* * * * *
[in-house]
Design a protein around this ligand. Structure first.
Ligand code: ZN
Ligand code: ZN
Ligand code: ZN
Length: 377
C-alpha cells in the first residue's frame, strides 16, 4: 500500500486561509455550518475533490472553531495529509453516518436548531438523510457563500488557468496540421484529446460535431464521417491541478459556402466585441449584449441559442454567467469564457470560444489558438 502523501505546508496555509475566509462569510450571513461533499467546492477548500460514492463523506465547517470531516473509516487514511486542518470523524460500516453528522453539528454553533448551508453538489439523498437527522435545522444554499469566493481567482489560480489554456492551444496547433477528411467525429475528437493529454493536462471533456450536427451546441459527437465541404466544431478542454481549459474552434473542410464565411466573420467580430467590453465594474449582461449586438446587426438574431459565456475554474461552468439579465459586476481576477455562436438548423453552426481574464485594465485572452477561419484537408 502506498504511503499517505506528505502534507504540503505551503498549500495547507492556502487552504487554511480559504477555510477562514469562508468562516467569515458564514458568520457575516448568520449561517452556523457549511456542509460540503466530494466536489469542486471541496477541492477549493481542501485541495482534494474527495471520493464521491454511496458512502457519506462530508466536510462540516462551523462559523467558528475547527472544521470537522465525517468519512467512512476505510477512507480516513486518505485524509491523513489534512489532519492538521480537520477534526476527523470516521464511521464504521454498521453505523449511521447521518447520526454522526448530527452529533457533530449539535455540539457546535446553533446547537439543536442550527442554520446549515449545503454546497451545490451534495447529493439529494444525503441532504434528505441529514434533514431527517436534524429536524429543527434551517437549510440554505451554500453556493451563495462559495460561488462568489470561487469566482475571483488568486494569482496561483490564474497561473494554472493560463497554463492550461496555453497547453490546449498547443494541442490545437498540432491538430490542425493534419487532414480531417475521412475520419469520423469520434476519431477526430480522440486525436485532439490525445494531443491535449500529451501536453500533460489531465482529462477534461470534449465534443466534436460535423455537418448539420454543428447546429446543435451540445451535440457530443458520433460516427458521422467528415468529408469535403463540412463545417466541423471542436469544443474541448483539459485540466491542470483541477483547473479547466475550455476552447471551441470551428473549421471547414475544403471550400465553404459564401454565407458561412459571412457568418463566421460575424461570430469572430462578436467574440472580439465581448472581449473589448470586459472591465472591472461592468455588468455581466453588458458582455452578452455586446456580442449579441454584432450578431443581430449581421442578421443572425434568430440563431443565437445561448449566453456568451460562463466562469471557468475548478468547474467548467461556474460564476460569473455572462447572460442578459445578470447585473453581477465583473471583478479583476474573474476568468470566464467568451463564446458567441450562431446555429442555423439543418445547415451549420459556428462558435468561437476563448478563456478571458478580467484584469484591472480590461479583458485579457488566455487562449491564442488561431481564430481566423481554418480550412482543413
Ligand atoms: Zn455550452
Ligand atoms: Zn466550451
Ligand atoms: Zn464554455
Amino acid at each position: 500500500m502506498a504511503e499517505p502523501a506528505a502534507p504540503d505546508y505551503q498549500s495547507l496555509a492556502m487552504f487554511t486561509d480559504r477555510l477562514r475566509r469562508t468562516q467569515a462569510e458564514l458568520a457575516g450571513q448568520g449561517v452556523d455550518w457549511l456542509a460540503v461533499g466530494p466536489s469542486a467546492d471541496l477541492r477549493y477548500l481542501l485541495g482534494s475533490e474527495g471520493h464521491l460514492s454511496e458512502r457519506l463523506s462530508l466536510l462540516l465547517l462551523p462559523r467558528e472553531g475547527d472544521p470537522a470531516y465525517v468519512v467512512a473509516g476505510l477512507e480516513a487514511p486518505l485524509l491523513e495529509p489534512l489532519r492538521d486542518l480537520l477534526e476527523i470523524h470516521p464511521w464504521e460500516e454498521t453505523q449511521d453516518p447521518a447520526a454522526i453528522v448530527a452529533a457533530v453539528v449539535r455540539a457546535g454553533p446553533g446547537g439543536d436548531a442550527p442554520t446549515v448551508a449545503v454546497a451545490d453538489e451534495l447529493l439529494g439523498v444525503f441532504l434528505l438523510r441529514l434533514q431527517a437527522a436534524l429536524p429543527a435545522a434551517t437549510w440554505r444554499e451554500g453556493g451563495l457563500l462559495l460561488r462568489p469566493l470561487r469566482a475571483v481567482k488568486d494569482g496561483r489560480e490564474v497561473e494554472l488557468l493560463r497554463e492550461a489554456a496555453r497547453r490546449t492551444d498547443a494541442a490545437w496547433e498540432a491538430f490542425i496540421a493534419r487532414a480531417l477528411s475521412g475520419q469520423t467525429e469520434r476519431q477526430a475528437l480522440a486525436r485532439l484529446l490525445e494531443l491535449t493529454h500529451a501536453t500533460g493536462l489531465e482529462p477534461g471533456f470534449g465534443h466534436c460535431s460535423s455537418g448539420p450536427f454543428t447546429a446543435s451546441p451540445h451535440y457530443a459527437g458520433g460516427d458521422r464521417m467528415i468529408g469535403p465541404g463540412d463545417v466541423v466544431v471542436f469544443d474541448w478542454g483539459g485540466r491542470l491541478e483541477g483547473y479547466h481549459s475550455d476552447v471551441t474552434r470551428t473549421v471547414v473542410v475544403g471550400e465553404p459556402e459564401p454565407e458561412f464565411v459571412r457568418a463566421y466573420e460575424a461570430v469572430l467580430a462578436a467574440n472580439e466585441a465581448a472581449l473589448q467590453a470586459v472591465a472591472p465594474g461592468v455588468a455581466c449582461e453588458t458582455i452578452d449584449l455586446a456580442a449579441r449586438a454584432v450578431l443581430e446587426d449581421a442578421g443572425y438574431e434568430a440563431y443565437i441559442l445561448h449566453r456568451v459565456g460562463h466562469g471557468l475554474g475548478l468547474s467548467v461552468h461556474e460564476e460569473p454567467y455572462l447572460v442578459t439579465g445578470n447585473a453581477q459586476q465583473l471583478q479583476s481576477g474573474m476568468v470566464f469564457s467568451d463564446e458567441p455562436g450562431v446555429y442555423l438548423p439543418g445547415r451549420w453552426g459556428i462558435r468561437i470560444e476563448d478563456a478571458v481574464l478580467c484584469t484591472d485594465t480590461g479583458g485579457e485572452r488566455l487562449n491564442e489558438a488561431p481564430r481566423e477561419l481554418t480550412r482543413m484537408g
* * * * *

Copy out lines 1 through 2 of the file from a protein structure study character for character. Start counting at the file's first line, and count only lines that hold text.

[in-house]
Design a protein around this ligand. Structure first.